Exploring cultures and communities – the slow way

The tit-for-tat posturing between Ukraine and Russia benefits no-one trying to travel to and from Crimea - or for that matter anywhere in the border regions between the two countries. In late October 2015, air links between Russia and Ukraine were severed.

article summary —

The main losers in the spat between Ukraine and Russia over transport links are the ordinary citizens of the two countries. Nowhere is this more true than in the villages close to the administrative boundary line between Kherson Oblast and Crimea. The fabric of daily life in those areas relied on free movement across a notional frontier which had no practical significance in the days of the Soviet Union.

Even in the post-Soviet period, travellers moved with ease across the long border between Ukraine and the Russian Federation. One main Russian railway line cuts through Ukrainian territory north-west of the town of Milove. No longer do the trains stop on Ukrainian territory, depriving the villagers of Sorinovka of any opportunity to board or alight at their local station. A 2012 report suggested that Sorinovka station provided a dozen parttime jobs in the village. Those jobs have now all been lost and the pretty station building slips slowly into disrepair.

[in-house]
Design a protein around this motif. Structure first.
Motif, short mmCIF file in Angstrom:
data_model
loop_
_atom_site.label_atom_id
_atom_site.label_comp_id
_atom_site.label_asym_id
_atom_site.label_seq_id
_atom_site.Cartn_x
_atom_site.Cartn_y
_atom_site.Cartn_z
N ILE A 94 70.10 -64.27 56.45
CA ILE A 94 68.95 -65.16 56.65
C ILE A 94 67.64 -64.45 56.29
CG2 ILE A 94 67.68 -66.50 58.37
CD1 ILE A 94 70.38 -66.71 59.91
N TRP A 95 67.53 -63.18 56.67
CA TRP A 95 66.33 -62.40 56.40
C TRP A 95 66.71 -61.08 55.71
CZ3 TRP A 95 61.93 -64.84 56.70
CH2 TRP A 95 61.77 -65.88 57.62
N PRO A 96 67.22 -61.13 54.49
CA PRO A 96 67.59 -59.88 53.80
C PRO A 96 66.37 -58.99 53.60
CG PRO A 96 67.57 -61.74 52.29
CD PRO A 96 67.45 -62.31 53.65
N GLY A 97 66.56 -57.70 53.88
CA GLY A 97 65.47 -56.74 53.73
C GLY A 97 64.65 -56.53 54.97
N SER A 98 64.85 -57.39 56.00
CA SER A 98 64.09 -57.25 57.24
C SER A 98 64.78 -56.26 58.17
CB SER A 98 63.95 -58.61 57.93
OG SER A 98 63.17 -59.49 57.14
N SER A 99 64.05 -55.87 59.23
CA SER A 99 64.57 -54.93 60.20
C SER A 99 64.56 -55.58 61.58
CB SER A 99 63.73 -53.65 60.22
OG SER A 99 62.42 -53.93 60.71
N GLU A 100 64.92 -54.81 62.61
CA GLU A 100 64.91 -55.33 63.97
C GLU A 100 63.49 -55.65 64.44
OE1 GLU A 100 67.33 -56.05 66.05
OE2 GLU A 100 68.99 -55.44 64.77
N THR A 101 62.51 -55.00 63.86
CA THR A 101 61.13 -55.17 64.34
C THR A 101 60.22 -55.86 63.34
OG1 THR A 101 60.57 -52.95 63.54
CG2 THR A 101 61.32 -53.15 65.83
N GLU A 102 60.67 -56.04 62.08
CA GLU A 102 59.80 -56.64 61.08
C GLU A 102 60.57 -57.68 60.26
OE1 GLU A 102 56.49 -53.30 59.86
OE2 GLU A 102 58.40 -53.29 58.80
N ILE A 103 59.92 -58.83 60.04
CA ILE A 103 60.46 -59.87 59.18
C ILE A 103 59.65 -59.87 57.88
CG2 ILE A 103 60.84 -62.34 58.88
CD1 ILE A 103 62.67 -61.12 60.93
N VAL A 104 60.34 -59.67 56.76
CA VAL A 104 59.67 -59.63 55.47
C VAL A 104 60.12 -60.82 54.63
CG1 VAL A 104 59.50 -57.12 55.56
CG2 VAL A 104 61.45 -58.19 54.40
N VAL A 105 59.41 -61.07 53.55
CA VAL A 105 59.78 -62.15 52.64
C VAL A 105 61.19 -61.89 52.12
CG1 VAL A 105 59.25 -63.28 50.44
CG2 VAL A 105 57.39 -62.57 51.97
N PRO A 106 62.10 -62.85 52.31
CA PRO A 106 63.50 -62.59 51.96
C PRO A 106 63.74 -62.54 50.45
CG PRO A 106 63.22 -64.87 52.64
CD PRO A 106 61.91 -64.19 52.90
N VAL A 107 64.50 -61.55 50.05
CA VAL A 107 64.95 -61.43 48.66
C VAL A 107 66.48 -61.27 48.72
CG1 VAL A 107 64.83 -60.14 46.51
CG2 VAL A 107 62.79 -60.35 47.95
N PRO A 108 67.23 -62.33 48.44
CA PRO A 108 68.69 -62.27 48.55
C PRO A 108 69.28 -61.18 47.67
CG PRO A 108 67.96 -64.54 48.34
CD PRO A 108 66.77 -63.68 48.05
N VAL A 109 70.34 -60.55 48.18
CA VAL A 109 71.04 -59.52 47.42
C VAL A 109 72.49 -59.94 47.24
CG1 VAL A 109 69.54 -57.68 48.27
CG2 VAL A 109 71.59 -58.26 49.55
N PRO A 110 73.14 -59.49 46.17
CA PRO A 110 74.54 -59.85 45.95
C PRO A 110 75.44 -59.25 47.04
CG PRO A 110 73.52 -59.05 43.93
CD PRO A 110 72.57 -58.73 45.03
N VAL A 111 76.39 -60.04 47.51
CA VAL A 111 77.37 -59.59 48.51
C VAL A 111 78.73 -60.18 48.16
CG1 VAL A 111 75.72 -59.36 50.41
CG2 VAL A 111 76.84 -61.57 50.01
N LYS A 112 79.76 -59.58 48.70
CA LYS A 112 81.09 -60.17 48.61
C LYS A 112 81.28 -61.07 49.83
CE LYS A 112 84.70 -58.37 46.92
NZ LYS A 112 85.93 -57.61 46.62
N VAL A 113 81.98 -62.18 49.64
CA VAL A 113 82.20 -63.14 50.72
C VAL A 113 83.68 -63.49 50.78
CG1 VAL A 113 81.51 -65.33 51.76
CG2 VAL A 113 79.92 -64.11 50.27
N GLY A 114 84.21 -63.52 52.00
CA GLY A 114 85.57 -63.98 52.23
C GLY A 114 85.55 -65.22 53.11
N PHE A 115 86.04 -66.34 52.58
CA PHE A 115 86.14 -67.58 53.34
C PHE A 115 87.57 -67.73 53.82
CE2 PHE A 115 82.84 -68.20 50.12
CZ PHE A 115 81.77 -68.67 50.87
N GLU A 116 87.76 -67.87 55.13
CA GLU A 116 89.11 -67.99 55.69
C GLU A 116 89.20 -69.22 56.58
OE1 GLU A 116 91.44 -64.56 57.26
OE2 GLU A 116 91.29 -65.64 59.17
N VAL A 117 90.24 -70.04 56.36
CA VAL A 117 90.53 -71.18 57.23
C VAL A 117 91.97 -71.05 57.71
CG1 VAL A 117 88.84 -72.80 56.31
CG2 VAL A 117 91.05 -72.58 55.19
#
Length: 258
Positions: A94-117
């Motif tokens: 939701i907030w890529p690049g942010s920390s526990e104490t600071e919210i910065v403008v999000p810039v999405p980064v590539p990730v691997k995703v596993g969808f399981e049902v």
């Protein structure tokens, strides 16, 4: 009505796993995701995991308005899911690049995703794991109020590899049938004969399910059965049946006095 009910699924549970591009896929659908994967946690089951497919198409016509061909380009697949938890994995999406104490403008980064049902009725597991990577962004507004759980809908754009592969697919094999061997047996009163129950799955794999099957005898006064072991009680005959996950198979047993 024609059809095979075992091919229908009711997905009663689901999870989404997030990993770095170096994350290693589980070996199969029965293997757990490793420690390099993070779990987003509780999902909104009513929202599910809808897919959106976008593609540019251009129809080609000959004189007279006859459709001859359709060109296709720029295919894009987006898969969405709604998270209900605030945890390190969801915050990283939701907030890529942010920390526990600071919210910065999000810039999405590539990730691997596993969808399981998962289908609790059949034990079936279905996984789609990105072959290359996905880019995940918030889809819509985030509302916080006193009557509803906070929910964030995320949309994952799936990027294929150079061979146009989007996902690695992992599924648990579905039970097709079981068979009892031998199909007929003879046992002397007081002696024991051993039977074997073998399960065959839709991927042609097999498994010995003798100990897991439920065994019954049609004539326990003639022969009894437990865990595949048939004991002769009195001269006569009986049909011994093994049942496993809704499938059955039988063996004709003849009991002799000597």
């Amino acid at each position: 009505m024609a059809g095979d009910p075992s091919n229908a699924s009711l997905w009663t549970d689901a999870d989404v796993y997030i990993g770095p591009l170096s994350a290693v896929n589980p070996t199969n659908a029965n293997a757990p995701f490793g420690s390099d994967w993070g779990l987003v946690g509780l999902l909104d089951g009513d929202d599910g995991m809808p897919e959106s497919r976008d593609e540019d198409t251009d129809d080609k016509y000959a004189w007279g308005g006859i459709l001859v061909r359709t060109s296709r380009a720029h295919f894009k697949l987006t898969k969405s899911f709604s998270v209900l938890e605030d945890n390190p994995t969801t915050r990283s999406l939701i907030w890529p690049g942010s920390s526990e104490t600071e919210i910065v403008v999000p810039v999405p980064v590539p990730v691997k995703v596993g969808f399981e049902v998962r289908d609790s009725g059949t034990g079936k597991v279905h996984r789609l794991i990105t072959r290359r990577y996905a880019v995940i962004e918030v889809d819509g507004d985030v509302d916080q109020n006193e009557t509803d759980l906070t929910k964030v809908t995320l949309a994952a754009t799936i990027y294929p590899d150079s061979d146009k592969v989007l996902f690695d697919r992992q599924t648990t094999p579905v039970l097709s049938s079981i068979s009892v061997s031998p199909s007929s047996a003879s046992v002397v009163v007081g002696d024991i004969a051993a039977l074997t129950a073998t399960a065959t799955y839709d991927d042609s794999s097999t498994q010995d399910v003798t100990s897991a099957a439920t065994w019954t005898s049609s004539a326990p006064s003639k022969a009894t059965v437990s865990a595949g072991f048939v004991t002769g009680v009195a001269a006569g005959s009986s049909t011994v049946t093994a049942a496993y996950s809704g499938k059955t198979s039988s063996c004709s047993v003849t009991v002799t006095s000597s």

When the new 122-km long diversion line avoiding Ukrainian territory is commissioned, the biggest losers will be residents of the Russian town of Chertkovo.

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About the authors

hidden europe

and manage hidden europe, a Berlin-based editorial bureau that supplies text and images to media across Europe. Together they edit hidden europe magazine. Nicky and Susanne are dedicated slow travellers. They delight in discovering the exotic in the everyday.

This article was published in hidden europe 47.